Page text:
find the exact arc length of the parametric curve:
x=t^2cost, y=t^2sint, 0<=t<=2
how do i go about solving the above question?
$\displaystyle \displaystyle L = \int_{\alpha}^{\beta} \sqrt{\bigg(\frac{dx}{dt}\bigg)^2 + \bigg(\frac{dy}{dt}\bigg)^2} \, dt $
for $\displaystyle \displaystyle\alpha \leq t \leq \beta $ (so in your case $\displaystyle \alpha = 0 \, , \beta = 2 $
So, find $\displaystyle \frac{dx}{dt} $ and $\displaystyle \frac{dy}{dx} $, then plug them into that equation, simplify the integrand as much as possible, and then integrate it with the limits.
Also see this picture
This is easier to calculate the integral $\displaystyle \int\limits_0^2 {t\sqrt {{t^2} + 4} dt}$, using this substitution $\displaystyle \sqrt {{t^2} + 4} = u$.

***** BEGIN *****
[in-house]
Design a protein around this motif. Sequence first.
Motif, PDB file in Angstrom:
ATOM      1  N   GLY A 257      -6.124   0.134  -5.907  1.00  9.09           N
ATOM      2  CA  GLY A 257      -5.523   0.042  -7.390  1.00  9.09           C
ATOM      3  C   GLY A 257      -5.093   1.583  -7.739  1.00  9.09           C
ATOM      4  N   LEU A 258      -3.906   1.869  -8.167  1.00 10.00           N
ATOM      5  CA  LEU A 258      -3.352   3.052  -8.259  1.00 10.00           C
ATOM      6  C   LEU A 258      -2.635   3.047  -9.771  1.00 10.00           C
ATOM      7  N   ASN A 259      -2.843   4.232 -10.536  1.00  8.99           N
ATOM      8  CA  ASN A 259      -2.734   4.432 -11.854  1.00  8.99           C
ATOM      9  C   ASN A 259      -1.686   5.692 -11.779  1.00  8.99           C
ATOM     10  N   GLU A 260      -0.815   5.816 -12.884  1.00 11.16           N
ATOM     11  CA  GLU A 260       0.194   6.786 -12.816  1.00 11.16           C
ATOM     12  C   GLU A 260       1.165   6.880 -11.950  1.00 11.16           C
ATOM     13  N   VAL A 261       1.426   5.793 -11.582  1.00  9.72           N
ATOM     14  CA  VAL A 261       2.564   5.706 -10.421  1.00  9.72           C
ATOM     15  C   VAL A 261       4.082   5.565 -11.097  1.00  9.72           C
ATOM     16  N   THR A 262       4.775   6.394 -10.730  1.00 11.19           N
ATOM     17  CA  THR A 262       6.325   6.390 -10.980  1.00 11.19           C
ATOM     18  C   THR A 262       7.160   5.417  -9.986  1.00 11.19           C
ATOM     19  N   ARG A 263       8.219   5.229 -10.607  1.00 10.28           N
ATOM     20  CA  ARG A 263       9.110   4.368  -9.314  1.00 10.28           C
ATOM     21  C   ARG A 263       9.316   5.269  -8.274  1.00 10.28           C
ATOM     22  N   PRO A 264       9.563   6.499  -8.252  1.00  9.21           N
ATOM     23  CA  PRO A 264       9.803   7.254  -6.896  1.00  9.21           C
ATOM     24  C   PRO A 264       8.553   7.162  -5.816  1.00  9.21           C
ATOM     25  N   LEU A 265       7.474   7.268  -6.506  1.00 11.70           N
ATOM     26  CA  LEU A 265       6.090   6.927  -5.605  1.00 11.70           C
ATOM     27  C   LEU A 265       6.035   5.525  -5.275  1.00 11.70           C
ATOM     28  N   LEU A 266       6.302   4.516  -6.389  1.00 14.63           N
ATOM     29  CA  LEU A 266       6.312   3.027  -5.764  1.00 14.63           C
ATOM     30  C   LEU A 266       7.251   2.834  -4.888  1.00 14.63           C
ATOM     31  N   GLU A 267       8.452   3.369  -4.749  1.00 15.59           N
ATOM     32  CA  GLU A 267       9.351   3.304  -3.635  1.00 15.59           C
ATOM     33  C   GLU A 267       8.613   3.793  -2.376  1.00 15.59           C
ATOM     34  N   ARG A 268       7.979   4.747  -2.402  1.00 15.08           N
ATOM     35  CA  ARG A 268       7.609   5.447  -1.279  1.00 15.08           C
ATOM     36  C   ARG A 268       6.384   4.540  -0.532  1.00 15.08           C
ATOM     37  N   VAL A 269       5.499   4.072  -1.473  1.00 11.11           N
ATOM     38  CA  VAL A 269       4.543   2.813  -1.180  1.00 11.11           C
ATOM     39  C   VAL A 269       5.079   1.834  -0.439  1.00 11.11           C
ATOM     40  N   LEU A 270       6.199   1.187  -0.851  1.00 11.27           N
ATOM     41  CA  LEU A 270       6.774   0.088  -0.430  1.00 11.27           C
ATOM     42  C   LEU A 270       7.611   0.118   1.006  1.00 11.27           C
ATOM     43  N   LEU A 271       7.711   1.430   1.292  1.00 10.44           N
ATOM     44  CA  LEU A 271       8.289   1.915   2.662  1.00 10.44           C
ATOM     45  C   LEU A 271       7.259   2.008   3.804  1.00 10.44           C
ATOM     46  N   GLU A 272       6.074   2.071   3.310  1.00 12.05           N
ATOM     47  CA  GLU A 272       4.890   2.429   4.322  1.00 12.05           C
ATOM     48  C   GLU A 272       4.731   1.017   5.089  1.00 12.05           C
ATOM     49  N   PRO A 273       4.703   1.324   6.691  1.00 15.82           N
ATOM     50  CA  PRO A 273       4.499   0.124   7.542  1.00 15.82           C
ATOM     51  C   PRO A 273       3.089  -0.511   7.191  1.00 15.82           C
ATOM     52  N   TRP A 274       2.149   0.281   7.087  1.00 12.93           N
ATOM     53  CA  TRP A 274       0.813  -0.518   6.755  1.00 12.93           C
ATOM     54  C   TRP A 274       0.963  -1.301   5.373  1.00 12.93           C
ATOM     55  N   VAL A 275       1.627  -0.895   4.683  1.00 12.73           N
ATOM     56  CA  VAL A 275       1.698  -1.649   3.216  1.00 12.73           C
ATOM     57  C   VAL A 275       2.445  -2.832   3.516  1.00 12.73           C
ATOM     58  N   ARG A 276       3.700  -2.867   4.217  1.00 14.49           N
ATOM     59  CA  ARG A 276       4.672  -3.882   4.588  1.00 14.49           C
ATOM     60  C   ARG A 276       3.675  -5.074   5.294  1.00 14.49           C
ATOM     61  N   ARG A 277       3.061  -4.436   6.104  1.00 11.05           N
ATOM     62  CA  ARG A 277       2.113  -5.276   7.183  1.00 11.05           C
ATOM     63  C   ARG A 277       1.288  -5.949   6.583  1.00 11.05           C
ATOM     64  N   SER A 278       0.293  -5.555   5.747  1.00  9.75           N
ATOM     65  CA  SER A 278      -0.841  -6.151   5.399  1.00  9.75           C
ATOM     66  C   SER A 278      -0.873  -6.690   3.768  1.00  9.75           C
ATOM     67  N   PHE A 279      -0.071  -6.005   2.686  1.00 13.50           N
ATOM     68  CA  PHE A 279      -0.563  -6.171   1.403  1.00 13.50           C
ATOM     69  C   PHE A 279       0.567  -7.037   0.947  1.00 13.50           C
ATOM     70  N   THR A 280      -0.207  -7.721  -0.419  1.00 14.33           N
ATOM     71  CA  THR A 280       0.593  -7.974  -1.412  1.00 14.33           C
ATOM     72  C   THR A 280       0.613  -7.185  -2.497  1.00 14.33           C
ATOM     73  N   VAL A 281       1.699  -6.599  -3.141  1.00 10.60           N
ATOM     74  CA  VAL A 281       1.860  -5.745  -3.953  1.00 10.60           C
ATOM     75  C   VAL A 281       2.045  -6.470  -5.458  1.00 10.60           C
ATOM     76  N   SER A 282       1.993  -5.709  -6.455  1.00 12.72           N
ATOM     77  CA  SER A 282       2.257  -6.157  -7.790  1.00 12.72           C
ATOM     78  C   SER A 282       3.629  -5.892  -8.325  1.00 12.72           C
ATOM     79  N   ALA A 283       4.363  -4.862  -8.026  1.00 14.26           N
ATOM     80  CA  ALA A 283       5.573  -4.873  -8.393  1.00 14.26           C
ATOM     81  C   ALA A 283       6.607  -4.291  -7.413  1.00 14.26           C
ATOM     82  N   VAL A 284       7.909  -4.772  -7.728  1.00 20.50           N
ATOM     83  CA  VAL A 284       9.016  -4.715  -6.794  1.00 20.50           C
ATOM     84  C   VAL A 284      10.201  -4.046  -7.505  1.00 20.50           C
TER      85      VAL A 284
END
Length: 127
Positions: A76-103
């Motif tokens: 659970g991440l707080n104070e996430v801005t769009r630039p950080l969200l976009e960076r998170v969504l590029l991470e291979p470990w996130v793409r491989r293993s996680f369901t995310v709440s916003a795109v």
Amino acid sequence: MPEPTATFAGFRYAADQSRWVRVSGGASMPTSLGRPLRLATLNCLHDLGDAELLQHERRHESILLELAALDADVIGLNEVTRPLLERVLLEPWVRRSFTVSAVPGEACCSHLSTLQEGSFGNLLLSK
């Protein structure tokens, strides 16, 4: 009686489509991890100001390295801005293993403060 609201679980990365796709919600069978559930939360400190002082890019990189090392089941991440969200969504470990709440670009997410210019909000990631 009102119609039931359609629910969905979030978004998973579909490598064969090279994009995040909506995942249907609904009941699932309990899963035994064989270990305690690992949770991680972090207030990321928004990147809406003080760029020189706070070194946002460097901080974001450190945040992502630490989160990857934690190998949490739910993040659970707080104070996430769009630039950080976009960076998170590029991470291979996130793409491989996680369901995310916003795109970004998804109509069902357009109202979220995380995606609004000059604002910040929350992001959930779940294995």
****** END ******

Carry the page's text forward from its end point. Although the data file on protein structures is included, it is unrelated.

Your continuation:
$\displaystyle \int\limits_0^2 {t\sqrt {{t^2} + 4} dt} = \left\{ \begin{gathered}\sqrt {{t^2} + 4} = u, \hfill \\tdt = udu, \hfill \\0 \leqslant t \leqslant 2, \hfill \\2 \leqslant u \leqslant 2\sqrt 2 \hfill \\ \end{gathered} \right\} = \int\limits_2^{2\sqrt 2 } {{u^2}du} = \left. {\frac{{{u^3}}}{3}} \right|_2^{2\sqrt 2 } =$
$\displaystyle = \frac{1}{3}\left( {8\sqrt 8 - 8} \right) = \frac{8}{3}\left( {2\sqrt 2 - 1} \right) \approx 4.8758{\text{ }}\left( {{\text{linear units}}} \right).$